While brands and publishers typically sit on opposite sides of the media ecosystem, their challenge is the same when it comes to personalization. Publishers and advertisers must both deliver the right message to the right person, at the right time. Tellingly, brands and publishers have tackled this challenge in different ways.

By and large, brands and bigger media companies have taken this kind of work in-house. But most small and medium-sized publishers have gone in the opposite direction, turning to agencies and vendors to navigate the complexities of data analytics, personalization, and monetization.

These are technical and costly undertakings. Small publishers may struggle because of limited expertise, but even big publishers may prefer to invest in content rather than building in-house technology. And just finding, vetting, and holding vendors accountable is a challenge for many publishers.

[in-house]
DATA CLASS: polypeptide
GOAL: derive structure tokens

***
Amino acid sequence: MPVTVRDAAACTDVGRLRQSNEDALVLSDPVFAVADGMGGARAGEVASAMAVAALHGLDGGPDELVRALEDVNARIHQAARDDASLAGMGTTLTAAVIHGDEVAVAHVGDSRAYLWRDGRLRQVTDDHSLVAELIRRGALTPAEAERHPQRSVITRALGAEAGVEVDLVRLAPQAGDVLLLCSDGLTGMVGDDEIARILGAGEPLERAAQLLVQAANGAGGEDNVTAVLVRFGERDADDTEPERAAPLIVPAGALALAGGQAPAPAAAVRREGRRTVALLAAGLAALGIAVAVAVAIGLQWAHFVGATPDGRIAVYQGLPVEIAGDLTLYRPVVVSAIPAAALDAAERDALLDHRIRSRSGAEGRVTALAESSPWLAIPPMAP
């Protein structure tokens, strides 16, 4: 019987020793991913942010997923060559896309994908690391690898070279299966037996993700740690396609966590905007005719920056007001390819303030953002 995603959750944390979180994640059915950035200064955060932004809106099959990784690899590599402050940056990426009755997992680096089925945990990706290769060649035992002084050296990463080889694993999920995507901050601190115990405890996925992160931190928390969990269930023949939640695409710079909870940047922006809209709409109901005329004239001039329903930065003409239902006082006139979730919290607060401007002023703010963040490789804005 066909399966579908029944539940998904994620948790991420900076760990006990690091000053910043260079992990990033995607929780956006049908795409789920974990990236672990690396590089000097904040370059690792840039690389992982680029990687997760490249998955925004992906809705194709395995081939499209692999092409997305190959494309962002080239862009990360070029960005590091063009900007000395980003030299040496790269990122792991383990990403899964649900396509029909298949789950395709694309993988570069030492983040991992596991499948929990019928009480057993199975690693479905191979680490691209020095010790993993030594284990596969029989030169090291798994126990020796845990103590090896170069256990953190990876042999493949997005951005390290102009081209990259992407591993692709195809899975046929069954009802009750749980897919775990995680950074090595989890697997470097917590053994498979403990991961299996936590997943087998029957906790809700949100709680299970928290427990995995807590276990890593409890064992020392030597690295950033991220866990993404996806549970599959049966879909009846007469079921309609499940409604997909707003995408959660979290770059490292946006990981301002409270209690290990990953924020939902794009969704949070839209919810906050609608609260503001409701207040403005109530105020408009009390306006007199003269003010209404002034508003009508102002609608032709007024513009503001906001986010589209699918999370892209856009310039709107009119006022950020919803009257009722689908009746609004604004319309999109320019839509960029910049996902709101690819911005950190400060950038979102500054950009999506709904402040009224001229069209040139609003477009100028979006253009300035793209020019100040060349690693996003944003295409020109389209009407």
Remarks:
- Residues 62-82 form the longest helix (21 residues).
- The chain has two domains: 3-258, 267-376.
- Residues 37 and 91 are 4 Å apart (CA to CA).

But regardless of how publishers solve for personalization, the brand context is important because well-resourced brands are setting the bar for consumer expectations here. As privacy compliance adds layers of complexity to personalization, brands and publishers will have to adapt to perform the same mission, albeit with varying levels of resources.

Personalization Is the Crucible of Privacy Chaos

To understand how personalization and privacy intersect, start with a fundamental question: How do I personalize something for you if I don’t know anything about you?

The question illustrates the tension between personalization and privacy. The more consumers share, the greater the level of personalization. Of course, the opposite is also true. If you don’t want to share anything personal, be prepared to accept the generic experience.